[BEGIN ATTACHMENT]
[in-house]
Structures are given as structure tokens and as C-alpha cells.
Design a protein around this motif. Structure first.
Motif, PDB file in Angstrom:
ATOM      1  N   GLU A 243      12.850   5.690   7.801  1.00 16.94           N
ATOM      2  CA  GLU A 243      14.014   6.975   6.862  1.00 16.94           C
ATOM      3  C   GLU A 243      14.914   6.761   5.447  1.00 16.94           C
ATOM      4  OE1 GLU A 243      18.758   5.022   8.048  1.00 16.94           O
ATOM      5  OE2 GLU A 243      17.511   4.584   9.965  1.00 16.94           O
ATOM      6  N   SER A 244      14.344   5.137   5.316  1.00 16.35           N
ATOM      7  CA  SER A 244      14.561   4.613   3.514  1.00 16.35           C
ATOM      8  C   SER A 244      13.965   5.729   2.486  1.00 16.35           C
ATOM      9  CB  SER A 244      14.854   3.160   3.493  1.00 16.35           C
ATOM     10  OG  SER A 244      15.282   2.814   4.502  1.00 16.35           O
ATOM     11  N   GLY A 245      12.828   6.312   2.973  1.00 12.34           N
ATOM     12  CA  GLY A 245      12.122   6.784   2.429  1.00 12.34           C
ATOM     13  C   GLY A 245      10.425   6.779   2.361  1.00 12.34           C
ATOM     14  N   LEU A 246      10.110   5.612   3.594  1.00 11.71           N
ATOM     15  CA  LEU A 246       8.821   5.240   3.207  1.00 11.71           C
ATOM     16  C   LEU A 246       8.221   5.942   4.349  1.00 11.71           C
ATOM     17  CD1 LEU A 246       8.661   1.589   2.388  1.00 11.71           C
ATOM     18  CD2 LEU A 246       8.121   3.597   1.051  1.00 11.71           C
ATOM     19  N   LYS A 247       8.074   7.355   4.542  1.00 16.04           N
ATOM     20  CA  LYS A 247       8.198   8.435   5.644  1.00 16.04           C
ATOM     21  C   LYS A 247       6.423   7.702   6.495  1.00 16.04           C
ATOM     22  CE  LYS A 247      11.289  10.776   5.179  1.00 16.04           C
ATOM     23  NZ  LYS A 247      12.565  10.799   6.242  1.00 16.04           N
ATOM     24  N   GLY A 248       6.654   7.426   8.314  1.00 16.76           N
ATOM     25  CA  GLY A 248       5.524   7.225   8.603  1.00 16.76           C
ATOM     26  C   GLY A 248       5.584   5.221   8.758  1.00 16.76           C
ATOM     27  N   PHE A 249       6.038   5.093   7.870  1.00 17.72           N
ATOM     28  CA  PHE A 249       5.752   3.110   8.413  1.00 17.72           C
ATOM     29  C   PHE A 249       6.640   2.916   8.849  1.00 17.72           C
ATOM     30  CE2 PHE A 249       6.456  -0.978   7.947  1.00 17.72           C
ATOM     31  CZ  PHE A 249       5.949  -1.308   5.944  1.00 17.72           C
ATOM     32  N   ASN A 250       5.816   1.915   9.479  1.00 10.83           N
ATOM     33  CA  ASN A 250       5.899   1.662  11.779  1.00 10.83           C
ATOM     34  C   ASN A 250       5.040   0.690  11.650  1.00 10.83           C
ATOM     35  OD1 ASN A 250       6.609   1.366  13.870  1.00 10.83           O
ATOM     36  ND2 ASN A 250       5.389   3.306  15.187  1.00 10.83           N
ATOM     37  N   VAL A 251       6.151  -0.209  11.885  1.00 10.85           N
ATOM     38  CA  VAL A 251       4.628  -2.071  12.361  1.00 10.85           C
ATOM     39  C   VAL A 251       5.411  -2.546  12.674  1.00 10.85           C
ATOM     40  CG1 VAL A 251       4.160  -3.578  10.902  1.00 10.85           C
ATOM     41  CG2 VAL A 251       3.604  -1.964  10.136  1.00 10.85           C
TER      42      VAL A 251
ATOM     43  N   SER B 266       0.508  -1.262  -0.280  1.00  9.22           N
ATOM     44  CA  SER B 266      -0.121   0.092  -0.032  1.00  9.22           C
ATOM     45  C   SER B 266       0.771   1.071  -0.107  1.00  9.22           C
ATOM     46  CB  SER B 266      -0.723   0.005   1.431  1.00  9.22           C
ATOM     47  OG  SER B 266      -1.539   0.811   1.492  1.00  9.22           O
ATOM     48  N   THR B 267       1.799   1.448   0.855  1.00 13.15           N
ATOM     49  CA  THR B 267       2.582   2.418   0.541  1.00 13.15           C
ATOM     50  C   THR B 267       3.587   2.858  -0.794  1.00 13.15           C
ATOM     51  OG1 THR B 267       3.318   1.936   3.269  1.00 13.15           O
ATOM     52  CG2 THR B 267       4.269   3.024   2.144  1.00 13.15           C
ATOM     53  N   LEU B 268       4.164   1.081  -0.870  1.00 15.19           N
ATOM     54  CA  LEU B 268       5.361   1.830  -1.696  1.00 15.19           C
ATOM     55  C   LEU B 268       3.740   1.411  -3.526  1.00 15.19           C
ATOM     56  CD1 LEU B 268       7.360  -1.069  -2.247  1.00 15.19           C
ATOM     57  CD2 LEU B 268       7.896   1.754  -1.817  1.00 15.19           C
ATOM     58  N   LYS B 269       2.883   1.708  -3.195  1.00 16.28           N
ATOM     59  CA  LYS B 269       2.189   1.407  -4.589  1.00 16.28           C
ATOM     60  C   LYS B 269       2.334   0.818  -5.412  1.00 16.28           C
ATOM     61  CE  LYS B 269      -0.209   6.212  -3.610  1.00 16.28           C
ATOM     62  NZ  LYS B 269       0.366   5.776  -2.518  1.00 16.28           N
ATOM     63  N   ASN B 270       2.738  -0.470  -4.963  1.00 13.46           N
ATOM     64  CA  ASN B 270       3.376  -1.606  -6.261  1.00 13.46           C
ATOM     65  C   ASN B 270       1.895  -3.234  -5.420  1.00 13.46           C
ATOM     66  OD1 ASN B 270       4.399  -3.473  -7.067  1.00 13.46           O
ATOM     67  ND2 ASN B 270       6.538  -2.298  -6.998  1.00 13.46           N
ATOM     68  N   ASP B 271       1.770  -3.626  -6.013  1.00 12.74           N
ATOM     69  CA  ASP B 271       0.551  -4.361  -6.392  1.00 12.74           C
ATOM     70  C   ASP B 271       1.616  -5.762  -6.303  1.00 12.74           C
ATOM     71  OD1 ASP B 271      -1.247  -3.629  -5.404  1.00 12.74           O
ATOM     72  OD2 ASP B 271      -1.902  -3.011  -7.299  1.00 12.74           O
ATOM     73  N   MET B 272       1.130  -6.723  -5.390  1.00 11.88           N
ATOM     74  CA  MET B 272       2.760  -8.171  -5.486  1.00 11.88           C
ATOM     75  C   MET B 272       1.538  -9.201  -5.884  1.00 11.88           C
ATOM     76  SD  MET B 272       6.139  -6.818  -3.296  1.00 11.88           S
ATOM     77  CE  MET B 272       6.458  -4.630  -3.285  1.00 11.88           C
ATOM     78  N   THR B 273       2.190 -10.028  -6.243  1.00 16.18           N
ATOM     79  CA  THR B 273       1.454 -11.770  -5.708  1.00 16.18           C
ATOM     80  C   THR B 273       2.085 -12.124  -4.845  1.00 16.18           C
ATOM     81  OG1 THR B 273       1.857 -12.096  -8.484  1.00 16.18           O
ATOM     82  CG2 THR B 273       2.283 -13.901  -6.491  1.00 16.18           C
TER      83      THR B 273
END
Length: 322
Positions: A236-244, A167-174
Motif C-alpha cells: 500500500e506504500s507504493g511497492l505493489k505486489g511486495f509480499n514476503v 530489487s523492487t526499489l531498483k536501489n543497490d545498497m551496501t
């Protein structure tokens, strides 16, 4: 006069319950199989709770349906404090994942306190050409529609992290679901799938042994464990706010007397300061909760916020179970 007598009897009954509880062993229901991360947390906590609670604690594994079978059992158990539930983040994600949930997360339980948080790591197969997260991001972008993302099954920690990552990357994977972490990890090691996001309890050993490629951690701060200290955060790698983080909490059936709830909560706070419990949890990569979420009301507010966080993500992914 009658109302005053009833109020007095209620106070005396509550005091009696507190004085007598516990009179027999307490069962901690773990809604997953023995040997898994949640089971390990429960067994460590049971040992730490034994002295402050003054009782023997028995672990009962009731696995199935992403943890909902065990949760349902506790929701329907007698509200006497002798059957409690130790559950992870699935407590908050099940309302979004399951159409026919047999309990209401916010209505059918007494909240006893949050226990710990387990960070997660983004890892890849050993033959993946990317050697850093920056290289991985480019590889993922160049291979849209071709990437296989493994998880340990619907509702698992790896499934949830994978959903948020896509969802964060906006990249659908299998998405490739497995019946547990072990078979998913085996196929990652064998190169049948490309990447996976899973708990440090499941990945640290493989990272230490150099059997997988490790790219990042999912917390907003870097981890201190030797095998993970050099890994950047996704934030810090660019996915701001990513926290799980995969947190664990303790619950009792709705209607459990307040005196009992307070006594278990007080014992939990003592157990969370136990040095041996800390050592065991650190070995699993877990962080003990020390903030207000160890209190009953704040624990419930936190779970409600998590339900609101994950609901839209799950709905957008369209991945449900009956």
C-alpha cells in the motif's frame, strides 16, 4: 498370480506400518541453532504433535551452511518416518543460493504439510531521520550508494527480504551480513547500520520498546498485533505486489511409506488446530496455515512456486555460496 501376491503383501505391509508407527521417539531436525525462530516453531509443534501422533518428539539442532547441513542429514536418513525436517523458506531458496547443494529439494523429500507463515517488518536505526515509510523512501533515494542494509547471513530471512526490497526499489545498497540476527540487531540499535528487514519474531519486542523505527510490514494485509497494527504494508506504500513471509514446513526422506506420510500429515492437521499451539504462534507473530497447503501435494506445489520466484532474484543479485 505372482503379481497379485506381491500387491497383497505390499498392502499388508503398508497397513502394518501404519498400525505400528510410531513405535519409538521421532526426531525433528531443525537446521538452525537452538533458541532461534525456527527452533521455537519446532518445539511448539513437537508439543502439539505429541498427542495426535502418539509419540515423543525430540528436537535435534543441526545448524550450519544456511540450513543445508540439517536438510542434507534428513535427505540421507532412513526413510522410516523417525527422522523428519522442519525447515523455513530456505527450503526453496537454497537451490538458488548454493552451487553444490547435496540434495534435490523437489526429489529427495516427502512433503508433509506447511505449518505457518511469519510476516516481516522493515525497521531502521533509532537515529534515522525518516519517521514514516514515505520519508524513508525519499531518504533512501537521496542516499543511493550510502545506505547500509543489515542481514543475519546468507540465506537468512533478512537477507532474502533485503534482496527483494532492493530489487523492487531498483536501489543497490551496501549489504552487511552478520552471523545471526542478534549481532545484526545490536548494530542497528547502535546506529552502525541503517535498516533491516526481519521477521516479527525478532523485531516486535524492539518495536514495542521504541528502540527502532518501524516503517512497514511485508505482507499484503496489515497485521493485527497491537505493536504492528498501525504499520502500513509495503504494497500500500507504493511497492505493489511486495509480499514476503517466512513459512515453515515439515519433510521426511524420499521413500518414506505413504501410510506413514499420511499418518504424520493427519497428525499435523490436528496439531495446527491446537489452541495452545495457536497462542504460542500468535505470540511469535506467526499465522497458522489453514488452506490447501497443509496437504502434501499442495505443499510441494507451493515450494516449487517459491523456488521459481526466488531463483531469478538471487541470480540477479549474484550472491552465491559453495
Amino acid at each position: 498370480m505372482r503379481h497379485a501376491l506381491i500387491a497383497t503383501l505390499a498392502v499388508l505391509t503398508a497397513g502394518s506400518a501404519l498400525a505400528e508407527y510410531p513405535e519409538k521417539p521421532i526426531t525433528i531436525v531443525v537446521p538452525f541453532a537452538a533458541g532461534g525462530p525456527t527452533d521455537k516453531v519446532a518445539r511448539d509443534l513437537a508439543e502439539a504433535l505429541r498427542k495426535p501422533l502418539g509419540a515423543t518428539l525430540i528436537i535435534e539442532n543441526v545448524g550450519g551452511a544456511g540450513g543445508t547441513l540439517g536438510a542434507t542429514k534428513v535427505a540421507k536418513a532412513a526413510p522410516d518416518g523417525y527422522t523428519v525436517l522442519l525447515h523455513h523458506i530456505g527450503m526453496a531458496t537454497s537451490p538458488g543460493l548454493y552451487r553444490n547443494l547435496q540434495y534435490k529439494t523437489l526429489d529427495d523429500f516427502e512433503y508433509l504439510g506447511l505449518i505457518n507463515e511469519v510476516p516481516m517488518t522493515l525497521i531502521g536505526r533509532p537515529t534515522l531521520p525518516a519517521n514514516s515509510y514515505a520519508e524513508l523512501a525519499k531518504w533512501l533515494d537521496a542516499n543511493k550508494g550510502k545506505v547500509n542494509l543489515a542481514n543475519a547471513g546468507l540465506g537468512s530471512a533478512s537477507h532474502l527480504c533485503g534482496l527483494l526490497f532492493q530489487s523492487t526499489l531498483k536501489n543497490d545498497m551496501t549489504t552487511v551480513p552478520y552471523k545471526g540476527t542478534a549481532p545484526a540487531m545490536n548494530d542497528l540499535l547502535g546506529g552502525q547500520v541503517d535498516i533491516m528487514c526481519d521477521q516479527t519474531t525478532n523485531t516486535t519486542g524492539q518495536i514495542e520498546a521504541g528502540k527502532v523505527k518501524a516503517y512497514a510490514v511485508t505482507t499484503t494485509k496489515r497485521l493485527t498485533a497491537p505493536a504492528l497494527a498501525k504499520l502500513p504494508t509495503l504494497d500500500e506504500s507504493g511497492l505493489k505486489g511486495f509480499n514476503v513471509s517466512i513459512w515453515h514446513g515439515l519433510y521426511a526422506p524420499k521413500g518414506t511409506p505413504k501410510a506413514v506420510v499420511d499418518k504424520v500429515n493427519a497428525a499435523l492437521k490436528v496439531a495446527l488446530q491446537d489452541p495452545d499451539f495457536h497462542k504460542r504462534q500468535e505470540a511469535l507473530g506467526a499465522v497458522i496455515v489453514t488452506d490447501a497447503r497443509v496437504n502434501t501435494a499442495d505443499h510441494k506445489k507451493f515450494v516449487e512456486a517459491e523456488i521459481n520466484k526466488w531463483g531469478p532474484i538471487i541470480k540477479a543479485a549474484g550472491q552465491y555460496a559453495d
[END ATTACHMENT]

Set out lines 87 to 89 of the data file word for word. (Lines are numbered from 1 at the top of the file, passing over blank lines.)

TER      83      THR B 273
END
Length: 322